In this enthralling companion to his New York Times bestseller Every Day, David Levithan tells Rhiannon’s side of the story as she seeks to discover the truth about love and how it can change you.
My rating: 4 out of 5 stars

I was super excited when I heard there would be a sequel to Every Day (which I absolutely loved), but when I found out it would be a companion novel retelling the story from Rhiannon's point of view, I wasn't sure what to think - I wanted to find out what happens after Every Day, not just read the same story again. It would have been very easy for Another Day to be boring and redundant, considering we all know already exactly what's going to happen. But luckily, it turned out to be the opposite!

I guess in this case, my bad memory worked in my favor - I read Every Day a couple of years ago and didn't really remember the details of the plot. That meant that, even though I had read the story before, I didn't really know where Another Day was going; I would remember already reading about something once it happened, but it wasn't like I already knew every little thing that would happen.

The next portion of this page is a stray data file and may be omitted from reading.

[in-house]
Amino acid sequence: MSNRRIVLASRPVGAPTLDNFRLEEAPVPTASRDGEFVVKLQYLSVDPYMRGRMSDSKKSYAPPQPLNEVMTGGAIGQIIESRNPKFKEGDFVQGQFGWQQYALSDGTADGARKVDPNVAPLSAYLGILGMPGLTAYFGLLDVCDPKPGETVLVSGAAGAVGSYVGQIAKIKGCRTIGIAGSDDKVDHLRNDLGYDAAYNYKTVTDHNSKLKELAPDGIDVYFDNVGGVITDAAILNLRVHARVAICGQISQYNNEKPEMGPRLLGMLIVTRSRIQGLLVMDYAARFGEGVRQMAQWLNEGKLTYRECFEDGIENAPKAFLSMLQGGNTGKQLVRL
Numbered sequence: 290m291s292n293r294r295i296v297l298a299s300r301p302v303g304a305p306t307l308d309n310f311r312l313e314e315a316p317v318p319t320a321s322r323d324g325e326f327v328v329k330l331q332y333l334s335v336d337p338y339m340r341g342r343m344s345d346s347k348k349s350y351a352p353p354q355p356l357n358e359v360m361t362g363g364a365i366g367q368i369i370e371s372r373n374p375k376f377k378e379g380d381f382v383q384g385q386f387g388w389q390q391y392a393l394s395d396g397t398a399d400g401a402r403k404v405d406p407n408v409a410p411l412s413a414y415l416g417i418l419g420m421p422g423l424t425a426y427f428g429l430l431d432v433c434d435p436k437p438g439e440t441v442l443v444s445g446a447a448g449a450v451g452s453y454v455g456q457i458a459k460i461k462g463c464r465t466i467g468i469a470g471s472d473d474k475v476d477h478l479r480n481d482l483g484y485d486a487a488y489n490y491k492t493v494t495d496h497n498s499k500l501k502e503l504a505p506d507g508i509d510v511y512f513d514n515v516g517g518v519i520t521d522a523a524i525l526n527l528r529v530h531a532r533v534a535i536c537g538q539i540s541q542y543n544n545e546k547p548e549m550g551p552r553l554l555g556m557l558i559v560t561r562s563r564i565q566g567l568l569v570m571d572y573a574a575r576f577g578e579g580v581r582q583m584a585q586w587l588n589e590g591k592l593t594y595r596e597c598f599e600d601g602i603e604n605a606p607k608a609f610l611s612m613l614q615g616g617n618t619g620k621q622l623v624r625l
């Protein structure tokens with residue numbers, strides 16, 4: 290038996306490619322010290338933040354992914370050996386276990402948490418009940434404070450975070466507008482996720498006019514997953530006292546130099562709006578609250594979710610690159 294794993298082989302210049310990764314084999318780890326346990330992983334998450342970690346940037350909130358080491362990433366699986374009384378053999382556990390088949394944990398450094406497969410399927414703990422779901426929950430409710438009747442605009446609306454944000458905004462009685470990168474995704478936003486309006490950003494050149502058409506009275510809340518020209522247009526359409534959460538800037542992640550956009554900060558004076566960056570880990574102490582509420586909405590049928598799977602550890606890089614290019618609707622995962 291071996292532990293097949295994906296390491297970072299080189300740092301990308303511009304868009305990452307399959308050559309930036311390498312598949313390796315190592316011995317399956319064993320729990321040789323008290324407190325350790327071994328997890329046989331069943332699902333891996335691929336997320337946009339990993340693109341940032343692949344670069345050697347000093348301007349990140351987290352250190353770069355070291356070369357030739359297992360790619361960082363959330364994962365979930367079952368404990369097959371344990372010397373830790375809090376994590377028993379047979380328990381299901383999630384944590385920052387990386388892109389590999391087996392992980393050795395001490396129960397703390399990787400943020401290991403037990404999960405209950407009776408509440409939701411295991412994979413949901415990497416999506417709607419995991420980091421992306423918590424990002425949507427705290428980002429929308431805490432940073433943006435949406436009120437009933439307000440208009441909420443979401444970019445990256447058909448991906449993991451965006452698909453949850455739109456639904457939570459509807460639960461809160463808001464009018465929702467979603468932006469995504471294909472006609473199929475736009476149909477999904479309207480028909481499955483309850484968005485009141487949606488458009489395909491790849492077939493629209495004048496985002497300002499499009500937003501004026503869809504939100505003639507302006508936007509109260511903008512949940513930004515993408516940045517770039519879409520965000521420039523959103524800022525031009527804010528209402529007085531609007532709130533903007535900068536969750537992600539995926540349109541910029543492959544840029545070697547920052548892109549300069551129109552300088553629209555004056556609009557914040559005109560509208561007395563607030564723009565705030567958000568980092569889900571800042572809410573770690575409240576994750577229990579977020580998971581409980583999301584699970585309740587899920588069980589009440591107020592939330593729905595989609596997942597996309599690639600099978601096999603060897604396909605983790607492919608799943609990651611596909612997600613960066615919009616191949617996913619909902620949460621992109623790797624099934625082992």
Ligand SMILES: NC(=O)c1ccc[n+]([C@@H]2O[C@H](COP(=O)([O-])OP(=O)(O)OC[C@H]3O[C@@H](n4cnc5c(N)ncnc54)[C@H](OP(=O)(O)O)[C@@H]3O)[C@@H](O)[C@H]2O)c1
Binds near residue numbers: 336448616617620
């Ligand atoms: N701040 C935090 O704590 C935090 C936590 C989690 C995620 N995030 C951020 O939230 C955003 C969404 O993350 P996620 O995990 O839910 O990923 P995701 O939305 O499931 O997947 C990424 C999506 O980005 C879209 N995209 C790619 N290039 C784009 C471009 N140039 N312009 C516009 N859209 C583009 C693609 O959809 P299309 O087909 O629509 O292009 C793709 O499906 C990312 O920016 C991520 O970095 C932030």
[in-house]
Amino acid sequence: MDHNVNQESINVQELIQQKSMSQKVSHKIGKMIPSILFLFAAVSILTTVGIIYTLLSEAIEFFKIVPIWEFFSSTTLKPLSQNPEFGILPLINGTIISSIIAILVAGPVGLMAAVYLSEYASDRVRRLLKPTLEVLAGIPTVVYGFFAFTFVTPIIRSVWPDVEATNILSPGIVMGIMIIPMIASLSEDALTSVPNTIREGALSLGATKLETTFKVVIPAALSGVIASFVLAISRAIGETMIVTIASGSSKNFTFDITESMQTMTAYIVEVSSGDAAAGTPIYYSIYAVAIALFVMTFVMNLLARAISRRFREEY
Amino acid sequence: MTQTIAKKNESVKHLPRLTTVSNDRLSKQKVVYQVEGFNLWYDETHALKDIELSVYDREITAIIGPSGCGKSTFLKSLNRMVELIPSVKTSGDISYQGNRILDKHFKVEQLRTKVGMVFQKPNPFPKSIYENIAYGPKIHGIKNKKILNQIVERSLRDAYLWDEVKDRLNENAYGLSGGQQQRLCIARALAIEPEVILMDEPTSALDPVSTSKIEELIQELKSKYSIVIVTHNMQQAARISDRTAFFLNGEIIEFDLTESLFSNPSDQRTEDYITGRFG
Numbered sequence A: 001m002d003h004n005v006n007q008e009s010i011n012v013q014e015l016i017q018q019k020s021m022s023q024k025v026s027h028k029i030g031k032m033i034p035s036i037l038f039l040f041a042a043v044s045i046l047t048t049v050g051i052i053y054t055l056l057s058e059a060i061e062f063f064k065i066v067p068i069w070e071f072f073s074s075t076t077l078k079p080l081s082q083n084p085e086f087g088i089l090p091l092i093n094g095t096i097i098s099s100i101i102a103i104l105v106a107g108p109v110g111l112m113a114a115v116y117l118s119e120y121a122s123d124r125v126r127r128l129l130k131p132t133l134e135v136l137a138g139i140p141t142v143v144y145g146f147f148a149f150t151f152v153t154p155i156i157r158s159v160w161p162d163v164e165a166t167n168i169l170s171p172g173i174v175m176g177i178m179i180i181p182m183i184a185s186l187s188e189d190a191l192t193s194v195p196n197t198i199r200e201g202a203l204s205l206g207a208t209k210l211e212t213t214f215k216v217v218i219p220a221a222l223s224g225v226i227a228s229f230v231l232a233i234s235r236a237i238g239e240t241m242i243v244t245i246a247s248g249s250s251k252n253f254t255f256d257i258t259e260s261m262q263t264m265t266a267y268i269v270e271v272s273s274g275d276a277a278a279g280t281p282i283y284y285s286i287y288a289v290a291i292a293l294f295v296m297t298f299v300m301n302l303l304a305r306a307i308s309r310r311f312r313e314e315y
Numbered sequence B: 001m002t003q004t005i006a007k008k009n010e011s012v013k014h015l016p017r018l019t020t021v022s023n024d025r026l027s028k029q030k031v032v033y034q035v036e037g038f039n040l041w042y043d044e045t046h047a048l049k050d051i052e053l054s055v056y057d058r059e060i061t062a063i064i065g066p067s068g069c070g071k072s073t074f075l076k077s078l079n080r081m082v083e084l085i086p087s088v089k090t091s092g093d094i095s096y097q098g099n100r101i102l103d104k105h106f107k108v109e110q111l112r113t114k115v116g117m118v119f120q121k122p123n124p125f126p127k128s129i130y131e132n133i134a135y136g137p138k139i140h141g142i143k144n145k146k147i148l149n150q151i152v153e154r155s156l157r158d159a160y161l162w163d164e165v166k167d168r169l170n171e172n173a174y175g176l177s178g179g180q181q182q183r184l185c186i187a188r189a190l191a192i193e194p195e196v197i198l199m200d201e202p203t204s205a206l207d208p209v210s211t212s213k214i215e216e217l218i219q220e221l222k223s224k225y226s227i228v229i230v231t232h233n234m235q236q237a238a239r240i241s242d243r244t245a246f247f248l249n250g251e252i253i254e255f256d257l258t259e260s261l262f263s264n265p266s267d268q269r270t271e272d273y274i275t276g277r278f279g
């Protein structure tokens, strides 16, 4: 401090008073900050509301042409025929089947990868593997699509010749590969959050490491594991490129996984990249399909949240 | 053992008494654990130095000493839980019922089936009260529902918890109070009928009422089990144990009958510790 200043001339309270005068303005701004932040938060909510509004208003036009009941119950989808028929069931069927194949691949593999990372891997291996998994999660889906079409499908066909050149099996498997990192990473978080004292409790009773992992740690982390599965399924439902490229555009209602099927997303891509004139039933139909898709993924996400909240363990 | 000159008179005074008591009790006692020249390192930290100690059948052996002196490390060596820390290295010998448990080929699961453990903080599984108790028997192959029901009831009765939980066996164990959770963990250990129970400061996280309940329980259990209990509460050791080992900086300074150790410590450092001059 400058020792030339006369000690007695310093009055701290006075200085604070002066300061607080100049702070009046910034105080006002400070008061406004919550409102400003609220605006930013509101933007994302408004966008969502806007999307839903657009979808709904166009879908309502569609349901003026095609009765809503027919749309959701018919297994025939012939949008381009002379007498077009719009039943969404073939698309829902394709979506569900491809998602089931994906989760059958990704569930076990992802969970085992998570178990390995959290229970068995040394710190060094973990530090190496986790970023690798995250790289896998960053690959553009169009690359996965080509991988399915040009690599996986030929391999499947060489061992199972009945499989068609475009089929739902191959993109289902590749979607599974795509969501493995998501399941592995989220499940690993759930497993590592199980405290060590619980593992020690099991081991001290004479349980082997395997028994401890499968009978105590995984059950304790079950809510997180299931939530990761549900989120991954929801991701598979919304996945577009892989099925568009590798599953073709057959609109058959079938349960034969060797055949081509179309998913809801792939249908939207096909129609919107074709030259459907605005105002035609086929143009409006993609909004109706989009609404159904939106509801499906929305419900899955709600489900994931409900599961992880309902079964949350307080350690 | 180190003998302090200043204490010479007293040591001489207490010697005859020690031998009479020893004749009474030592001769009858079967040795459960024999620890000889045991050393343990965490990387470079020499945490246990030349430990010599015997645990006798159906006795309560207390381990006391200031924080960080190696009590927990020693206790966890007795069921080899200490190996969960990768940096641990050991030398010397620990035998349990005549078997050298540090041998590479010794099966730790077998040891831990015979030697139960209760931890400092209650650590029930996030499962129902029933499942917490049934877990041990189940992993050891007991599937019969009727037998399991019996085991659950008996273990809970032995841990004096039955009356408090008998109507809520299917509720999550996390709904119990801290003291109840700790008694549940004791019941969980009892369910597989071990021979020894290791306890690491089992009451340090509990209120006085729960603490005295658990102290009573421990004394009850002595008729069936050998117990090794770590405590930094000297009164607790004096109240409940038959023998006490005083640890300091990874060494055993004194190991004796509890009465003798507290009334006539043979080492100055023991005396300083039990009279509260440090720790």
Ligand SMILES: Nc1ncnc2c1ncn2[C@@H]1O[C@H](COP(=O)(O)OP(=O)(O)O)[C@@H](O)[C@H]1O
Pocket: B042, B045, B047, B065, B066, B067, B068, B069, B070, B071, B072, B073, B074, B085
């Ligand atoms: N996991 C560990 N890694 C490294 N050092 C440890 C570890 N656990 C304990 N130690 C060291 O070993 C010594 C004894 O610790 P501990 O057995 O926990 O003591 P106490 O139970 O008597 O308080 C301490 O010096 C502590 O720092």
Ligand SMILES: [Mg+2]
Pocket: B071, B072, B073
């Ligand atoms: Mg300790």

But even if I had a better memory or hadn't waited as long between reading the two books, I think I would have enjoyed Another Day just as much. I just loved reading this story from Rhiannon's perspective and getting to know Rhiannon better. Especially the parts where Rhiannon goes back and forth between wanting to make it work with A and realizing that she can't were an intriguing addition to the story: how she deals with all of this is honest and realistic. I especially liked how, even though she's in love with A's soul, she struggles to accept him in every body; this touches on issues like sexual orientation and what we're actually attracted to. Even though she wants to accept every form of A, she has an easier time when A is in a male body, and a body that she would usually be attracted to. This is a really honest portrayal of how while gender and sexual orientation are social constructs that shouldn't matter, they are so ingrained in us that it's really hard to completely let go of them. I really liked how David Levithan combines this important message with this honest portrayal of how hard it is to let go of these constraints in our society.